There is no established unifying theory or paradigm that guides AI research. Researchers disagree about many issues. A few of the most long standing questions that have remained unanswered are these: should artificial intelligence simulate natural intelligence by studying psychology or neurology? Or is human biology as irrelevant to AI research as bird biology is to aeronautical engineering? Can intelligent behavior be described using simple, elegant principles (such as logic or optimization)? Or does it necessarily require solving a large number of completely unrelated problems? Can intelligence be reproduced using high-level symbols, similar to words and ideas? Or does it require "sub-symbolic" processing? John Haugeland, who coined the term GOFAI (Good Old-Fashioned Artificial Intelligence), also proposed that AI should more properly be referred to as synthetic intelligence, a term which has since been adopted by some non-GOFAI researchers.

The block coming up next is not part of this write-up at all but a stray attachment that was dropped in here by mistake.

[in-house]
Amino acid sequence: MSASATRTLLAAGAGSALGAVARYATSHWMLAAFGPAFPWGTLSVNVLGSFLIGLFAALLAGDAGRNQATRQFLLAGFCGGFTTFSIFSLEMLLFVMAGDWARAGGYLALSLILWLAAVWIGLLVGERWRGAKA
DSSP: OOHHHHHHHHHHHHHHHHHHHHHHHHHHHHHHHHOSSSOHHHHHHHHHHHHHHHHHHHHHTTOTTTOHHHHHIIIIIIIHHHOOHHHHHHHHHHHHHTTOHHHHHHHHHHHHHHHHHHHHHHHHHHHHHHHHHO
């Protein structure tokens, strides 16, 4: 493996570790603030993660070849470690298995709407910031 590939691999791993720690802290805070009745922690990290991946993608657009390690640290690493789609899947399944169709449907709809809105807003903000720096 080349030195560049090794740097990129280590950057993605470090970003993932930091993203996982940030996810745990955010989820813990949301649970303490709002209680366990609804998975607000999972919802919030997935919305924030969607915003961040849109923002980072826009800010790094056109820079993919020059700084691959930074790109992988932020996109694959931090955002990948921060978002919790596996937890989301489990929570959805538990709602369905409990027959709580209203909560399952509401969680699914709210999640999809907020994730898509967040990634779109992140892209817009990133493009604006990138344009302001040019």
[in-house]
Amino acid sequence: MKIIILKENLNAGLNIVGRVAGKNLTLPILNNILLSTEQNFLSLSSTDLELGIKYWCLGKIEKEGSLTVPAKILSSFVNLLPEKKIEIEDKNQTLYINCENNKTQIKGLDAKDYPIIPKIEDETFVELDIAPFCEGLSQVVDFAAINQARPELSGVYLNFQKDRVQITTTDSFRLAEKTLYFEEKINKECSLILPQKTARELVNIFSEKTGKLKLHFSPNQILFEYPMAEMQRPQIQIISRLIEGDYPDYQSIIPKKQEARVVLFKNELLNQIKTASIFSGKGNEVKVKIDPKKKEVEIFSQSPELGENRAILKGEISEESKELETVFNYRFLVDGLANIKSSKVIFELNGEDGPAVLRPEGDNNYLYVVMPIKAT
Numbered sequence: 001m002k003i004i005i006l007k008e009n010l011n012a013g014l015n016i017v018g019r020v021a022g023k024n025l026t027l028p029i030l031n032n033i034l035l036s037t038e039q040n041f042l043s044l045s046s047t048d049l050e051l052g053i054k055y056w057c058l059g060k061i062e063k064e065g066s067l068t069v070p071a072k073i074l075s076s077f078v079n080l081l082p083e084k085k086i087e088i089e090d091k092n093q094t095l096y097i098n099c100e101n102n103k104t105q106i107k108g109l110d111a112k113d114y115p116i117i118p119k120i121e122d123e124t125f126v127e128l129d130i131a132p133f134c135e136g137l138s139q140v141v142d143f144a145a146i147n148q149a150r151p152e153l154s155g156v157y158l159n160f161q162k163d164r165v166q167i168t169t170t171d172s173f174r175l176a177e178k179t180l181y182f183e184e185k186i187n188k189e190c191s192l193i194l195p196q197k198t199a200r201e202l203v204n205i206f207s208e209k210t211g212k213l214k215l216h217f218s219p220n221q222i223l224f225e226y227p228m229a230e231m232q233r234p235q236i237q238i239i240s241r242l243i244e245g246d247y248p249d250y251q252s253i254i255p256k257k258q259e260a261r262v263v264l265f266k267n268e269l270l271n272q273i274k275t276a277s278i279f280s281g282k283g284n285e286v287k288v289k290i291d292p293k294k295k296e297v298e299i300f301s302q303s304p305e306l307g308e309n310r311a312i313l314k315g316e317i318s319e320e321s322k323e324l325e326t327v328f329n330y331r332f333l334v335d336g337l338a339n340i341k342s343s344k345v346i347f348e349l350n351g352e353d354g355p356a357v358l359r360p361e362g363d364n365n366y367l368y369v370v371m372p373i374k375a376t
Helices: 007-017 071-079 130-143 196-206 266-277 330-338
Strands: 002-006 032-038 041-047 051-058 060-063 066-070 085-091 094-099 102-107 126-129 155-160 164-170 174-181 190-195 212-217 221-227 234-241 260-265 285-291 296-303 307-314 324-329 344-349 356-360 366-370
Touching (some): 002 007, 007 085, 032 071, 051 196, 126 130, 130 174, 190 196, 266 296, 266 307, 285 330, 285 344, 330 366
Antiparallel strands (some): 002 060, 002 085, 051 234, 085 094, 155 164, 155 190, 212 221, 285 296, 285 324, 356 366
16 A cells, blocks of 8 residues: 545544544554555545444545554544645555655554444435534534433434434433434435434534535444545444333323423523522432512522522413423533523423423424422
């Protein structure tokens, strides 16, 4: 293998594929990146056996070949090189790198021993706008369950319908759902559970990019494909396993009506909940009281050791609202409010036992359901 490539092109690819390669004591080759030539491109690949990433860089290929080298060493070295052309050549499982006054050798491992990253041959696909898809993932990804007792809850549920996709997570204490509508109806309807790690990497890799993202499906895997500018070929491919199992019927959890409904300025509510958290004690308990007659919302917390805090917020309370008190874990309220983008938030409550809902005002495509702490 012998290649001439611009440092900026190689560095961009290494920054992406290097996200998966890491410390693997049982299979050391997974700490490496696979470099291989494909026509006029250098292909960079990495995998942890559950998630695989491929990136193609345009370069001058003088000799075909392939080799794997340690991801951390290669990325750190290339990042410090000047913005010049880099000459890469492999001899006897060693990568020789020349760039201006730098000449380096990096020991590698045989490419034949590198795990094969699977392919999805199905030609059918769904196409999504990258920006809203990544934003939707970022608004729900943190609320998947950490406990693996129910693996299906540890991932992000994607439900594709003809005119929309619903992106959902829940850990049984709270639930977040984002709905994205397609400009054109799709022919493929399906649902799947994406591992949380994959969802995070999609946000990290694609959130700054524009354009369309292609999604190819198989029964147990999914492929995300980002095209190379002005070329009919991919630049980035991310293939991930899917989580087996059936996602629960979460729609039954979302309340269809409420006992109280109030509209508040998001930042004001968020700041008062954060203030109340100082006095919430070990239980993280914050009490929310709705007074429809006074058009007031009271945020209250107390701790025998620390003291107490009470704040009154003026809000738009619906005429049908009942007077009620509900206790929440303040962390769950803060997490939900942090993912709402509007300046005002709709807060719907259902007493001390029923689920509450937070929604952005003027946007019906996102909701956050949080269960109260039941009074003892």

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Famous quotes containing the word approaches:
“A politician is a statesman who approaches every question with an open mouth.”
—Adlai Stevenson (19001965)
“No one ever approaches perfection except by stealth, and unknown to themselves.”
—William Hazlitt (17781830)
“The Oriental philosophy approaches easily loftier themes than the modern aspires to; and no wonder if it sometimes prattle about them. It only assigns their due rank respectively to Action and Contemplation, or rather does full justice to the latter. Western philosophers have not conceived of the significance of Contemplation in their sense.”
—Henry David Thoreau (18171862)